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Interview with Car 38 in Peking to Paris Rally

car 38

Pacific Prime interviews the team driving Car 38 in the Peking to Paris vintage car rally. As the team left Switzerland and entered France, we managed to steal a few minutes of their time and find out the most challenging moments for the team during the race so far. Michelle Jana Chan and Mike Reeves reveal their race highlights and reflect on their health (or lack of!).

How much planning did you put into the Peking to Paris trip before the actual race?

Michelle: Mental planning, over a decade. I first heard about it in Beijing in ’97 when I was working in China. At that point, when I heard about it, I was mentally preparing for it thinking, “I’d like to do sometime in my life.” But literally it was a couple of years planning, preparing the car.

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Mike: In regards to this trip, Peking to Paris, it was 2 years ago. We got on it quite quickly, found our car in America, shipped it over, and it’s been a pretty intense year and a half building the car leading up to departure, which was quite frantic really.

Michelle: Yeah. We bought it on the internet. It was a rotting shell, just a body and the chassis, there was nothing else. No engine. No other parts. That was Christmas or New Year 2011, so a year and a half ago that it arrived. Since then, we have sourced parts from all over the world to make it a period 1940 Ford coupe.

Have you found it easy to get along throughout the whole race as co-drivers, or have you had disagreements along the way?

Mike: We’ve gotten along really well. It is a really intense thing to do, but I think in some ways couples are better suited to do it. We’ve had many different emotions together already and that sets you up very well. I think there are some relationships on the rally, father-son relationships and best friends, that actually aren’t that well suited to very intense pressure situations. I think that we and a number of other couples have handled it very well. It’s been great.

What’s the biggest problem you’ve encountered so far?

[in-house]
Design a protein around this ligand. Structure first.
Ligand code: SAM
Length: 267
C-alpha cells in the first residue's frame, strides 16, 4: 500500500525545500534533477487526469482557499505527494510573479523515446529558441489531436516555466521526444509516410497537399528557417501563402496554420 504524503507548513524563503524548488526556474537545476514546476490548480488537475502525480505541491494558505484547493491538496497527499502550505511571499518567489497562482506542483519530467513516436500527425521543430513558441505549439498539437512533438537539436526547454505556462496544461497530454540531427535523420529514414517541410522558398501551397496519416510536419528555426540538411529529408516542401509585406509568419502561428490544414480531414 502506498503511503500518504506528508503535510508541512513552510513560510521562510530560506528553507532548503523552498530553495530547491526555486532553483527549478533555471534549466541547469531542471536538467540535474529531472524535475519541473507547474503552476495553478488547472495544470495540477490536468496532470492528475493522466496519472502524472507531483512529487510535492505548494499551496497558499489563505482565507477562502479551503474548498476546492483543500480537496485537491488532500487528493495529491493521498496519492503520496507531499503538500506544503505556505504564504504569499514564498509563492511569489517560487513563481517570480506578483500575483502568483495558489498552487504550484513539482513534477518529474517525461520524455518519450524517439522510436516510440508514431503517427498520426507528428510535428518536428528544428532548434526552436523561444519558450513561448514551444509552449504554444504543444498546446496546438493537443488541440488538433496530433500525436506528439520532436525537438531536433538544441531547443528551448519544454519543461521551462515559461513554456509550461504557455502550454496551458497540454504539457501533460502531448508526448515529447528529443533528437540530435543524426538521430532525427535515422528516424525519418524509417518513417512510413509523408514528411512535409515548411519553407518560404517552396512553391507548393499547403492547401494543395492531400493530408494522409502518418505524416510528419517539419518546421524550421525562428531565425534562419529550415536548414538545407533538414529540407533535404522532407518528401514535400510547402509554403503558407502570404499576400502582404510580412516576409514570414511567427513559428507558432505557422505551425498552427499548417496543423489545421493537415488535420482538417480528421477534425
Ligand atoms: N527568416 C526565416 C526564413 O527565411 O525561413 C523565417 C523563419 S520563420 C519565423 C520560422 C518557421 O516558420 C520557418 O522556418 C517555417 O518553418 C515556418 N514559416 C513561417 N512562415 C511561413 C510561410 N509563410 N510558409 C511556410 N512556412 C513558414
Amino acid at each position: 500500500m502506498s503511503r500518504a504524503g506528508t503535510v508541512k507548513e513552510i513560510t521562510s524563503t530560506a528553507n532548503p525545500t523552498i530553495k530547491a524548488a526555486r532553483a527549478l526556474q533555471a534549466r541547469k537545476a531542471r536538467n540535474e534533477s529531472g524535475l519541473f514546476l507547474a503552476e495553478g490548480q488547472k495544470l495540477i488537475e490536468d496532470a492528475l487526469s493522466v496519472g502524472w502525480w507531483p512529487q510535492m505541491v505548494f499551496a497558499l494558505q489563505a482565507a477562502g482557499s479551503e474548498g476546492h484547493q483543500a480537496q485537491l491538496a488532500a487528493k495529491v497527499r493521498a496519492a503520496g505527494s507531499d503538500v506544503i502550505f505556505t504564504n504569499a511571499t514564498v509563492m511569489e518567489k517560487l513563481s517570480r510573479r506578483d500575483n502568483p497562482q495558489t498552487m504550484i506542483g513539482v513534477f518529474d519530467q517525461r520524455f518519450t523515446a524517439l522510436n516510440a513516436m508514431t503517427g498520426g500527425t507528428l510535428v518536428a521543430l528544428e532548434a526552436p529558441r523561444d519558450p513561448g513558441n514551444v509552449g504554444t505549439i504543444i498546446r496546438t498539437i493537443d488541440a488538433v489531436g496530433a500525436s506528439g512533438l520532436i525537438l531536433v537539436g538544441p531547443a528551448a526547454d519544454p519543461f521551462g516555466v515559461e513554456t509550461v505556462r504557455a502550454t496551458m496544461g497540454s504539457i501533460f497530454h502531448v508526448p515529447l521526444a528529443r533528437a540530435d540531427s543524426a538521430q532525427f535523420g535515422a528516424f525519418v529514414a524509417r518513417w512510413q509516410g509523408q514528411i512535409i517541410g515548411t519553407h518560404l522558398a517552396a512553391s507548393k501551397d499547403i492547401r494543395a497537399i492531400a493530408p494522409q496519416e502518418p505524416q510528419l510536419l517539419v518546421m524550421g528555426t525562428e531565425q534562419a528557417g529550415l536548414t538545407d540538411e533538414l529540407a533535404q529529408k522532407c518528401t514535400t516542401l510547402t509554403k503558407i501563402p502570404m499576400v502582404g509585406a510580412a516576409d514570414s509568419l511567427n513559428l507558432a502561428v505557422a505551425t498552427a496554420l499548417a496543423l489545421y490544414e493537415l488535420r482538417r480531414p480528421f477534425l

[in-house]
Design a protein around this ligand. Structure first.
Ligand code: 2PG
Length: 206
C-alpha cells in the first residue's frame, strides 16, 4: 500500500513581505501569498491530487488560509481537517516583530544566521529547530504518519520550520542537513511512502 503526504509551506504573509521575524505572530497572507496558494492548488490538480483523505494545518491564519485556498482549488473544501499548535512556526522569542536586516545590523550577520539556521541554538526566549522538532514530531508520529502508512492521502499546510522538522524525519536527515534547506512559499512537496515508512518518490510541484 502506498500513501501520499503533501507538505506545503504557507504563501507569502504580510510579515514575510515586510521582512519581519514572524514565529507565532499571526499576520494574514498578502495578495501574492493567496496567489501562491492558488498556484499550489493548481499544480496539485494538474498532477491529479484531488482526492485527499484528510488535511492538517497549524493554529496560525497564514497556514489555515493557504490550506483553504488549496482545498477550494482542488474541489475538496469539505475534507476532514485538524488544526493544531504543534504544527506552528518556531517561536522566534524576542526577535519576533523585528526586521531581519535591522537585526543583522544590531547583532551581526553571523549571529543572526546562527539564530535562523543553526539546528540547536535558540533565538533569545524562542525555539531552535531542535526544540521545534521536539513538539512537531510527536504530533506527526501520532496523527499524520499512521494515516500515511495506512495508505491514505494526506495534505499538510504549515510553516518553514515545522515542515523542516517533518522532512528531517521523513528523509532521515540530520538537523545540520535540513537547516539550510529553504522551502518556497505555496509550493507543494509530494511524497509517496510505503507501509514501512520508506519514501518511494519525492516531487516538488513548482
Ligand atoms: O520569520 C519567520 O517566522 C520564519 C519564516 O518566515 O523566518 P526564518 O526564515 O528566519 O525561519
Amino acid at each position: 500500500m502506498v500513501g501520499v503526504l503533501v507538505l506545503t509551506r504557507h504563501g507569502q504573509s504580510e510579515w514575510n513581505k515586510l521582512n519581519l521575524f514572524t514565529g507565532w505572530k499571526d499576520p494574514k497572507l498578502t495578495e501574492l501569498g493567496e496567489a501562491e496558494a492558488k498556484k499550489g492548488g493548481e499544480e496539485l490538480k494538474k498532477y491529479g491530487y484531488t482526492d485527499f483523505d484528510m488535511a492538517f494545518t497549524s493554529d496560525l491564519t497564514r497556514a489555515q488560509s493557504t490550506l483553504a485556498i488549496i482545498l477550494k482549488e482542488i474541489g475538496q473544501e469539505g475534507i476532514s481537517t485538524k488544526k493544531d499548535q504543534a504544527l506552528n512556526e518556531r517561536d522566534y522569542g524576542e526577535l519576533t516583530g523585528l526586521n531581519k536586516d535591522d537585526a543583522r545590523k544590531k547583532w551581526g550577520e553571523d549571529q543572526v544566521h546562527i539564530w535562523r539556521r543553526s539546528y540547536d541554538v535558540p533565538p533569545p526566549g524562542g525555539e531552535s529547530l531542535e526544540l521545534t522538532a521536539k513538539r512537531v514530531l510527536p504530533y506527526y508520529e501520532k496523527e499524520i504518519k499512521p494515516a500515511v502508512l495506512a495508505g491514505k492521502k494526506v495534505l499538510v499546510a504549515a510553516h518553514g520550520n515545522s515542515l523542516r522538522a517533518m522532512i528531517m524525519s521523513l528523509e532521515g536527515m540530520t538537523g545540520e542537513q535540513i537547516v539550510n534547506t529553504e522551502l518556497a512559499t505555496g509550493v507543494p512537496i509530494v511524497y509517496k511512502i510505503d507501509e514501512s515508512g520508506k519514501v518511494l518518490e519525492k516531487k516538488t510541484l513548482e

Michelle: It was the day where we ended up in a village in Mongolia and we had a catalog of mechanical problems that day, including that part of the suspension broke and then, more critically, the gear linkage broke, and that is just not a quick fix. It’s not an easy solution as all, where you change a tire or add oil. It was a serious problem that we could only access by finding someone who could open up the area underneath the gear stick, between the passenger and the driver, which had to be done by cutting into the tunnel with a metal cutter and accessing the gear box. Then a couple pieces were broken, which meant kind of fashioning them from metal tubing. And we were so lucky, because this happened quite near the end of the day, we managed to make all of our time controls late, but nevertheless made them.

We got towed 4 times that day and finally found this guy in the crowd, a wonderful Mongolian man that didn’t speak any English (we don’t speak any Mongolian). I was holding the gear stick in my hand and he pointed at it and then pointed to himself and gave us the thumbs up. Mike and I looked at each other and thought, “Really? Does that mean he can fix it?” We trusted him. He put us on the back of a tractor and took us to his back yard. We were up until the early hours, and he and his crazy friends fixed it, but, wow, that day was a rollercoaster of emotions.

Michelle Jana Chan with Mongolian monks
Michelle made some friends in Mongolia

Mike: It was very, very intense, because until that point we had lost our lead, but there was a serious concern that we would not be continuing the rally, and this wonderful, charismatic guy out of a crowd of people, we went with him and he was probably the only person there that could have done it. We were so lucky to have found him and we actually had a great time with him as well.

Have you at any point been afraid for your safety?

Michelle: Not really. The well being and the possibility of continuing were sometimes in jeopardy, that day of Mongolia included. There was another day where we smashed up the suspension in a bog, trying to get out of it, but I never felt like, “Oh my God. Are we going to make it?” You know, we had this terrible tragedy on the rally where one of the competitors was killed in a car crash. That accident also killed 2 people in the other car. I think maybe, in a strange way, that was the moment where you felt most vulnerable, just when you heard the news, because it made the possibility of accidents and car crashes and serious, fatal problems much more real. But I don’t think that there was any time where I felt like our lives were under threat.